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  1. #1
    Atomic Punk
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    12.07.17 @ 12:54 PM
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    Default Credit Cards, and

    who out there is currently trying to rid yourself from such dependency and/or current debt from them??

    How are you doing it, and such...

  2. #2
    Romeo Delight
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    My goal was to not have any debts by the time I turned 45, which was last Oct. It was very challenging, and at first I really struggled with the feeling of not having stuff. Ya kinda dumb.
    I did'nt exactly make my goal. I still have about $2500 in a personal loan that I will have paid off by July. Happy debt independence to me! Will feel awesome not having credits card debt, no car payment no house payment,,,debt really is a type of bondage.
    What really helped me is that I paid my self first. Even a little can add up over 6 months. Good luck.

  3. #3
    Good Enough Ace Ventura's Avatar
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    I am currently debt free but it wasn't always that way. I went through a nasty divorce about 11 years ago and I assumed most of the marital debt, which was MUCH higher than I had ever known. My whore ex-wife had racked up over 25k in credit card debt that I was unaware of. I know, doen't even ask... After I finalized my divorce, I went to every single comapany that I owed money to and negotiated with them. Month by month, I would just take all of my commission money and slowly pay the debt down. It was an enormous struggle and I sacrificed A LOT. No more nights out at the bar buying rounds of drinks. No more expensive dinners or treating myself to basically anything for a long number of years. I thought about, and looked into debt consolidation but there are a lot of things to look out for. A lot of those companies don't tell you that you can actually damage your credit before it gets any better.

    Now, the only debt I have is what I CHOOSE to have. I have a Gulf gasoline card that I use and pay off about 80% of it per month just in order to have active, revolving credit. My cell phone bill provides the same. For the most part, everything I buy, I pay cash for. I haven't finanaced anything since my car in 1996. I refuse to be financially shackled ever again. It's hard to get there but once you are, you'll physically FEEL better being out from under that sort of pressure.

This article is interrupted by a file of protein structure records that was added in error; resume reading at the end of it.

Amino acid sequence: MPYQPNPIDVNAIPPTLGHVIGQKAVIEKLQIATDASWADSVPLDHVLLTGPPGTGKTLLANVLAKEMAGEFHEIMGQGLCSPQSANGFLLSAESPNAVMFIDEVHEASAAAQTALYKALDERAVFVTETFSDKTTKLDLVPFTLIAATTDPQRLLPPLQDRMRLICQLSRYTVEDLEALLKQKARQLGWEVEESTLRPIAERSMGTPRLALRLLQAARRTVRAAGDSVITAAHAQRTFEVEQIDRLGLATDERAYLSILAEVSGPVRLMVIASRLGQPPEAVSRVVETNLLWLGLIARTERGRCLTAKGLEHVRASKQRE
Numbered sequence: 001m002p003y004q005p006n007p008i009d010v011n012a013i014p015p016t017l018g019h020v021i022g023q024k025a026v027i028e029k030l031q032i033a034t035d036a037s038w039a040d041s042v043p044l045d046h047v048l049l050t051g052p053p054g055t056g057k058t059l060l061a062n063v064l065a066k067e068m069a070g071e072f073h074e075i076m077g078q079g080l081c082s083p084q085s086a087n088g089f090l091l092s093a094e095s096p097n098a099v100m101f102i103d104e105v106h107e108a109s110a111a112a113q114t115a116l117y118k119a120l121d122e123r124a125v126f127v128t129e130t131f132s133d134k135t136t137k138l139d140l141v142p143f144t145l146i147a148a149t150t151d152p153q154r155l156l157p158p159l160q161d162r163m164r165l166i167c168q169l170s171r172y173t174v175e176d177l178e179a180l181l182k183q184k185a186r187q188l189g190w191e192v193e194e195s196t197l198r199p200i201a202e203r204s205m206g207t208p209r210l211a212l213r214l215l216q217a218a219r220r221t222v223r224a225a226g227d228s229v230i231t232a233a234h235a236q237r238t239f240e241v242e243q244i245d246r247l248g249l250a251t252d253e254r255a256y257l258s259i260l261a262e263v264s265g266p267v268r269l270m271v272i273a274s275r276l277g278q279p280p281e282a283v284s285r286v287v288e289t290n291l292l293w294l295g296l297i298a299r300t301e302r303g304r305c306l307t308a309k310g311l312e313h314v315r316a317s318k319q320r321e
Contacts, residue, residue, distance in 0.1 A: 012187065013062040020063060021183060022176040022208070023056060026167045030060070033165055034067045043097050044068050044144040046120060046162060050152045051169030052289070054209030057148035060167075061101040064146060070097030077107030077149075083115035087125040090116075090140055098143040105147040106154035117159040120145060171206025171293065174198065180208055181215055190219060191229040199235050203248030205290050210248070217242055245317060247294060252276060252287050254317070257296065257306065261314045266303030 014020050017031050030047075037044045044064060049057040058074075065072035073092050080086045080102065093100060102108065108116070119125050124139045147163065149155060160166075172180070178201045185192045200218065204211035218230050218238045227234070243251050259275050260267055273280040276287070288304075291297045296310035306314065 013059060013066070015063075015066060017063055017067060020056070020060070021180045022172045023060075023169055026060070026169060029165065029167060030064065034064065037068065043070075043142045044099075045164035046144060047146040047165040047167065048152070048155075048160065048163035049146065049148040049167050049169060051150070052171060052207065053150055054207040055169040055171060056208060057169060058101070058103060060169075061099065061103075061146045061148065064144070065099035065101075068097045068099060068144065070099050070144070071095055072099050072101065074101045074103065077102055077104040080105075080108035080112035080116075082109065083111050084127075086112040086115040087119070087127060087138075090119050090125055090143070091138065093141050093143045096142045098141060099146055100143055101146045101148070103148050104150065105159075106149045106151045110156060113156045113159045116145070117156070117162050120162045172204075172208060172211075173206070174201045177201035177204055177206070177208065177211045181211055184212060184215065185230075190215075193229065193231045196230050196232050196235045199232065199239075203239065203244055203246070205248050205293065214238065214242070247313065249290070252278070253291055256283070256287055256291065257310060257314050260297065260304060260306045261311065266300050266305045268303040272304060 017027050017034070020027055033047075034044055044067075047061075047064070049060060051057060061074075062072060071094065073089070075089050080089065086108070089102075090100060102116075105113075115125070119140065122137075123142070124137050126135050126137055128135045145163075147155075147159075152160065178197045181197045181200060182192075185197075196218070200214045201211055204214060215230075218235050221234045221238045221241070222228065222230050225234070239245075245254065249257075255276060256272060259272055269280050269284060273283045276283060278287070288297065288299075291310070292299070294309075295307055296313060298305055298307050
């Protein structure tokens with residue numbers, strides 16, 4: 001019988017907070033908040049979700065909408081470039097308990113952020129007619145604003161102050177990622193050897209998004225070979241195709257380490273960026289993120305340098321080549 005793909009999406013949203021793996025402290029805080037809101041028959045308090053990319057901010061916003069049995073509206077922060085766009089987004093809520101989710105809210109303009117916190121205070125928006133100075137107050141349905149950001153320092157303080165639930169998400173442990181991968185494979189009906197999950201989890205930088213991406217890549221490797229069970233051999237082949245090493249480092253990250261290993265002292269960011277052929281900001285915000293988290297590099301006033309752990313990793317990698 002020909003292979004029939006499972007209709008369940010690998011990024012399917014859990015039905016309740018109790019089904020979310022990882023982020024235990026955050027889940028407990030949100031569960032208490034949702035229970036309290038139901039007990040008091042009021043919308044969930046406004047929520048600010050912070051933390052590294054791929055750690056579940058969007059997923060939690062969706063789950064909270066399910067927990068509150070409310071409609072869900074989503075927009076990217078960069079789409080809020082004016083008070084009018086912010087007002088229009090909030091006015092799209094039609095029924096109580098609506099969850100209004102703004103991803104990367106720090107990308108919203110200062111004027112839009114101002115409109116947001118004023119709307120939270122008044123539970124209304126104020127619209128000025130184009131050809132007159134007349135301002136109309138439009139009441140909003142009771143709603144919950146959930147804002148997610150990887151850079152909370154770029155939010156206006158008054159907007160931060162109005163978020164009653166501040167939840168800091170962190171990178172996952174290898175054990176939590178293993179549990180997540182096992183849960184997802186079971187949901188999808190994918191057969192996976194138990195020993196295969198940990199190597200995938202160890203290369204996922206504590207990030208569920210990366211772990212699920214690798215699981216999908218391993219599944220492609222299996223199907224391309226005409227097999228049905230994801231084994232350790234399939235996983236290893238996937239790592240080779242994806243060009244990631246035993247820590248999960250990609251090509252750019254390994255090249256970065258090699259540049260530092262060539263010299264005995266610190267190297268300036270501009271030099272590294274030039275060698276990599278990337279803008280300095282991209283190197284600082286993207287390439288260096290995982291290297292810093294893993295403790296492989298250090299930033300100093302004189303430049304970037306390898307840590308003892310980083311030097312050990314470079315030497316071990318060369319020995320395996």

Good luck!
    "It doesn't mean that much to me to mean that much to you..." -Neil Young

    "The sun's not yellow, it's chicken." -Bob Dylan

    "If you go out and buy a Van Halen record and put it in your collection, it'll melt your other records." -David Lee Roth, 1981.

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  4. #4
    Eruption
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    I paid off all of my CC debt at the end of 2009. This remains one of my biggest accomplishments, since I paid off $15,000.00 in a little over a year and a half.

    What I did was take all of my statements, and calculated what my payments would be for each if I wanted them to be paid off in 1 year, 18months or 2 years. I decided 18 months was perfect, 1 year had way to high of a monthly payment, and I was too impatient for the two year plan. So I went to a student loan site and figured what my monthly payment would be for each one if I wanted them paid in 18 months. I didn't do the trick of paying off the smallest first I wanted them paid off at the same time, which some may argue is the better way. As I paid them off my interest rates went down, but I didn't redo my calculations, I paid the same monthly amount anyway. I had a note in my checkbook for what I was to pay for each credit card company for the first or second payroll of the month. I worked a second job at a telephone survey company for the bulk of that time, it was a horrible job but at $12.00 was pretty decent part-time pay and it served it's purpose nicely. I also got a roommate, I still have one not the same person because I love the extra money, I realize most of you are beyond that but that helped immensly. I was on a strict budget and really didn't buy more than the necessities. I still used one of my CC's (I can't let go of the points) but I made sure that I paid the current charges every month along with my budgeted payment plan. I used to be quite the shopper but working and slaving away on the goal has really affected my spending permanently I think.

    I never thought I would be debt-free but I think what worked for me is having a strict payment plan and sticking to it no matter what. Those 18 months sucked but I wouldn't trade the end result for anything.

  5. #5